You can't screenshot or right click this image

People contact me with all sorts of weird opportunities. Some are fun. Some are not. I've lost count of the number of NFT grifters who've asked me to "revolutionise" the art space. I'm generally not a fan. But I had one chat with someone who wanted to do something intriguing. They were worried about people right-clicking or screenshotting their precious images and had a plan to stop that.

I tried to explain to them that DRM always fails; you can't make data which can't be copied. I explained that artificial scarcity was harmful. They didn't care.

But, their proposed solution was intriguing. And, with their kind permission, I'm posting it here. To be clear, I don't think this is good but I think it is vaguely interesting.


Back in the olden days, video was often interlaced. That is, the TV transmitter would broadcast the odd lines first, then the even lines. Your TV would draw the odd line then, in the millisecond before they faded away from the cathode-ray tube, draw the even lines.

Could we do the same with images?

Let's take this image of a Total Legitimate Bored Ape™
A badly drawn cartoon of a monkey in a t-shirt.

With a scrap of Python, we can knock this into two interlaced images:

from PIL import Image
image ="ape.png")
pixels = image.load()
image.mode = "RGBA"

for y in range(image.height) :
   if (y%2 == 1) :
      for x in range(image.width) :
         pixels[x,y] = (0,0,0,0)"ape1.png")

for y in range(image.height) :
   if (y%2 == 0) :
      for x in range(image.width) :
         pixels[x,y] = (0,0,0,0)"ape2.png")

Which gives us:
Only the odd lines of the image are displayed.

Only the even lines of the image are displayed.

Using JavaScript the first frame can be rendered onto a <canvas> element for a millisecond, wiped, and then the second displayed. Repeat.

Here's a demo of it in action - I kinda like the retro effect!

⚠️ Strobe Effect Warning

If you right click on it, you'll only get half the image. If you take a screenshot, you'll only get half the image. FOOLPROOF DRM!!!!!!

Expanding the complexity

Of course, you can scramble an image before unscrambling it to the canvas and all sort of other tricks. You could have dozens of images rendering to the canvas in sequence. You could draw individual pixels programmatically. You could...

None of it matters of course. If you send pixels to a computer screen, they can be copied. It is possible to slow people down - but all it takes is for one person to work out how your scheme works and then it crumbles to dust.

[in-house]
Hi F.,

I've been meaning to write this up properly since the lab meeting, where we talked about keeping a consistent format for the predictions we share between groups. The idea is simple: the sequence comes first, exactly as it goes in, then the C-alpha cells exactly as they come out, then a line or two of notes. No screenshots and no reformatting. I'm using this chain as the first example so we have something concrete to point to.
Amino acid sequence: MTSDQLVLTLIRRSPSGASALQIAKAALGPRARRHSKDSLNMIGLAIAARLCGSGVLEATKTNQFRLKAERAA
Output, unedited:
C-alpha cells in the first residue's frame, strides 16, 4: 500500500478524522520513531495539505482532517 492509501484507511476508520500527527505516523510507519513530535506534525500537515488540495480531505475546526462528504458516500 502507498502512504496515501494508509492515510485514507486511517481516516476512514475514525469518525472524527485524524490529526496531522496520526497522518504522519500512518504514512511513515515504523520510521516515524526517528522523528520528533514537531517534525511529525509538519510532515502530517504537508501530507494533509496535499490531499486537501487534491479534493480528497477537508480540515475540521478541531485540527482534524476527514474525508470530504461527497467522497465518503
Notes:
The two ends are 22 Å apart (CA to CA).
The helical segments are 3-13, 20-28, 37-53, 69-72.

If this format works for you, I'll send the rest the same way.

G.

As I said, I have a soft-spot for the shimmery effect. And I think it is kinda fun - in a code-golf way - to design obfuscation schemes.

But using anything like this for a form of digital restrictions management is daft.

14 thoughts on “You can't screenshot or right click this image

  1. @Edent Back in the olden days we had to do this:<script type="text/javascript"><!--function OnRightClick() { if (event.button==2) { alert ('Sorry, no right clicking allowed.'); }} document.onmousedown=OnRightClick//-->😂

  2. says:

    As ways of trying (and failing) to prevent people copying images go, this is definitely interesting (and retro-looking). However, I have a feeling it would be fairly trivial to reconstruct a good enough version of the original image from one of the interlaced images using Photoshop, or indeed any half-decent image editing app. And that flickering would really bug some people, and perhaps even be painful for a few.

  3. Now I realise I’m commenting while I have a headache, but literally my first thought was to wonder if that could trigger photo-sensitive epilepsy.

    (Also sigh, obviously)

  4. says:

    @Edent this makes me think of tamper-proof seals, with layered foil/adhesive so that if the seal is removed it leaves a warning message behind. You could structure the interlacing in such a way as to hide a message in the image that’s readable when screenshotted. (Obviously ignoring the fact that there’s no real value to doing so.)

  5. says:

    Let's please not ignore how CPU-intensive this kind of implementation is. It requires re-rendering the image every frame (i.e. about 60 times per second), which means it is very unfriendly to battery-powered devices (laptops, phones), and also makes mains-powered devices warmer and louder.

    If you're reading this blog and you're thinking about deploying this "solution" in the wild, please don't.

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